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International Research Journal of Biochemistry and Bioinformatics

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Review - International Research Journal of Biochemistry and Bioinformatics ( 2023) Volume 13, Issue 2

Nucleic acid metabolism

Marie Francis*
University of Glasgow, UK
*Corresponding Author:
Marie Francis, University of Glasgow, UK, Email:

Received: 01-Apr-2023, Manuscript No. IRJBB-23-97003; Editor assigned: 03-Apr-2023, Pre QC No. IRJBB-23-97003 (PQ); Reviewed: 17-Apr-2023, QC No. IRJBB-23-97003; Revised: 22-Apr-2023, Manuscript No. IRJBB-23-97003 (R); Published: 28-Apr-2023, DOI: 10.14303/2250-9941.2022.52


The process through which nucleic acids (DNA and RNA) are created and broken down is known as nucleic acid metabolism. Polymers of nucleotides make up nucleic acids. A typical anabolic process that involves a chemical reaction is nucleotide synthesis, composed of a nitrogenous base, pentose sugar, and phosphate (Delaimy WK et al., 2002). A catabolic process occurs when nucleic acid is destroyed. Nucleotides can also be created from fragments of other nucleotides or nucleobases. Enzymes are needed to promote synthesis and degradation processes. These enzymes can have flaws or deficits that cause a number of illnesses (Armitage A et al., 1978).


Polymers, Nucleic acids, Nucleotides, Enzymes


As a component of every cell, nucleic acids are necessary for all living forms. Deoxyribonucleic acid (DNA) and ribonucleic acid (RNA), the two naturally occurring forms of nucleic acids, are the two types. Biopolymers, which are naturally occurring, repeatedly set monomers (forming polymers) that then make nucleotides, which then form nucleic acids, are the building blocks of nucleic acids. Understanding the structure of the nucleotides that make up nucleic acid is crucial for comprehending the structure of nucleic acid (Armstrong DW et al., 1998).

Phosphoryl transfer processes predominate in the metabolism of nucleic acids. These include the chemical processes that DNA and RNA polymerases use to catalyse the production of DNA and RNA. In these processes, a molecule of pyrophosphate is produced when the hydroxyl group at the 3′ end of an RNA or DNA strand attacks the -phosphate of an incoming (deoxy)ribonucleotide triphosphate [d]NTP to generate a new phosphodiester bond. In DNA and RNA cleavage, a similar phosphoryl transfer takes place, with the exception that the nucleic acid backbone is being attacked, and the nucleophile is either a water molecule or a sugar hydroxyl. A 5′ phosphate and a 3′ hydroxyl are the cleavage products when a water molecule is the nucleophile. The 5′ end product is covalently connected to the ribonucleotide when the 2′ or 3′ hydroxyl group of a ribonucleotide is the nucleophile, as in RNA splicing, catalysed by the group I and group II self-splicing ribozymes. A DNA transposition or exon ligation, both of which are important in RNA splicing, may take place if the nucleophile is the terminal 3′ hydroxyl of a DNA or RNA strand (Asimus S et al., 2008).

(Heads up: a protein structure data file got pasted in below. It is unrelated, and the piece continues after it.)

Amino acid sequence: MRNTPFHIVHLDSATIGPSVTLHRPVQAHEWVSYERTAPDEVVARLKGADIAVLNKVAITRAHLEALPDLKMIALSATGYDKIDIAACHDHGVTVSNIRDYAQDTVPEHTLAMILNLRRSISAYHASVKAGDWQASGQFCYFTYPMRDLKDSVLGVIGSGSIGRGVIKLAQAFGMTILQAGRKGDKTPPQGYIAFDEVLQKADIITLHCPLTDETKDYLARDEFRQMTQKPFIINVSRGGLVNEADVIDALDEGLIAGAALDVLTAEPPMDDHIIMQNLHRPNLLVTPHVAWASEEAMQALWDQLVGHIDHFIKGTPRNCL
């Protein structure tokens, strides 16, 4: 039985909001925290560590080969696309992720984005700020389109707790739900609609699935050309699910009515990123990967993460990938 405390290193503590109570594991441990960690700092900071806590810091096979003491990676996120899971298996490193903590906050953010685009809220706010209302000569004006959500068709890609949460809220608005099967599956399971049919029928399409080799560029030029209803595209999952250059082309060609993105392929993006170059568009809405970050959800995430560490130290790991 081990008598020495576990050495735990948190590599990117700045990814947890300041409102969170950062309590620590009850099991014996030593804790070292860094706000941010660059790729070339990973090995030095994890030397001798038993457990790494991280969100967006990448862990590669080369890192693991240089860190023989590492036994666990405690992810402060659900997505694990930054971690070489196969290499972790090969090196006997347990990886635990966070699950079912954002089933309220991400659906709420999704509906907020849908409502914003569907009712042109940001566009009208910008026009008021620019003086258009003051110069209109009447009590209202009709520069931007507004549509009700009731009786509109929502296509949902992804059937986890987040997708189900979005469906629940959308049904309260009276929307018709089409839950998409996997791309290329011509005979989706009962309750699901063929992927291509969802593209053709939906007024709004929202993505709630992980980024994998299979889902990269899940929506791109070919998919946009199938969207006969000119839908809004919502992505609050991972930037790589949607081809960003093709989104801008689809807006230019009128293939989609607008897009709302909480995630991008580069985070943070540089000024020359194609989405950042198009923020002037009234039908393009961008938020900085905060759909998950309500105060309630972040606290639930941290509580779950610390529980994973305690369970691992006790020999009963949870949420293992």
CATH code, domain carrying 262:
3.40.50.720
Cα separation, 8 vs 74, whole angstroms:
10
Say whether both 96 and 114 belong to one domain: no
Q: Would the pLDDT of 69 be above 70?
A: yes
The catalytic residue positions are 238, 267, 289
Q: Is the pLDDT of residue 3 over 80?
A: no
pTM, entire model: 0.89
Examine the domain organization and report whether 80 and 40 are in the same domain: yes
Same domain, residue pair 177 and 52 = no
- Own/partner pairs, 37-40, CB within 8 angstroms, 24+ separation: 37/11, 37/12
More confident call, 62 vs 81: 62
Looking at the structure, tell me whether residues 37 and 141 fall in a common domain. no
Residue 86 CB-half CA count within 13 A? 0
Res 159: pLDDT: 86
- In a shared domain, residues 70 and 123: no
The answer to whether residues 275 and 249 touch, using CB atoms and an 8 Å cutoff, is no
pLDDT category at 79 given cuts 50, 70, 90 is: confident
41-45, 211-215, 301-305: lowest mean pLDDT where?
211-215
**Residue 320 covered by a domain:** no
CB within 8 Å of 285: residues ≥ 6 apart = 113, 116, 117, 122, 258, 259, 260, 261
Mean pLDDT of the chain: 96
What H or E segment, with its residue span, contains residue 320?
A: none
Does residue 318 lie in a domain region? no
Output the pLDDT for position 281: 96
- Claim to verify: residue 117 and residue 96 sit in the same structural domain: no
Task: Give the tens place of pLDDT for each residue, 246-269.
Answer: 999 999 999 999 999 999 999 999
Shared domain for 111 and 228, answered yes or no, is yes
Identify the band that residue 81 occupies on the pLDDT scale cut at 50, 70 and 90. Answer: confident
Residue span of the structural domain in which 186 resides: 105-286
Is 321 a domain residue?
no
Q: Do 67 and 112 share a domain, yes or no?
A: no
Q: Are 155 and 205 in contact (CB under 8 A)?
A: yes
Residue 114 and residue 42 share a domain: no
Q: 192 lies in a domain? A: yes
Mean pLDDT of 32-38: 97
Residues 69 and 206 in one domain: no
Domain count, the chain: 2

There are three bonds between the elements that make up a nucleotide. A phosphate group, a sugar with five carbons, and a nitrogen base make up the three components.

Phosphate family

A phosphorus atom with four negatively charged oxygen atoms connected makes up the phosphate group.

Five-carbon sugar

The pentose, a sugar with five carbons, contains the nucleic acids ribose and deoxyribose. Deoxyribose and ribose both contain one oxygen atom and five carbon atoms. Hydrogen atoms and hydroxyl groups are joined to the carbon atoms (Bendayan R et al., 1990).

The second and third carbon atoms of ribose sugar are joined by hydroxyl groups. The third carbon atom in deoxyribose sugar has a hydroxyl group connected to it, whereas the second carbon atom just has a hydrogen atom (Benowitz NL 1990).

Nitric acid base

Because it has the ability to donate electrons to other molecules and so generate new molecules, the nitrogen molecule functions as a base in nucleic acid. It may form ring structures by joining with molecules of carbon, hydrogen, and oxygen. Pyrimidines have single-ring structures, while purines have double-ring structures. Thymine, cytosine, and uracil are pyrimidines. Adenine and guanine are examples of purines. Purines and pyrimidines differ in size, and this helps to determine how they couple together in DNA strands (Benowitz NL 1996).

Bonds in nucleic acids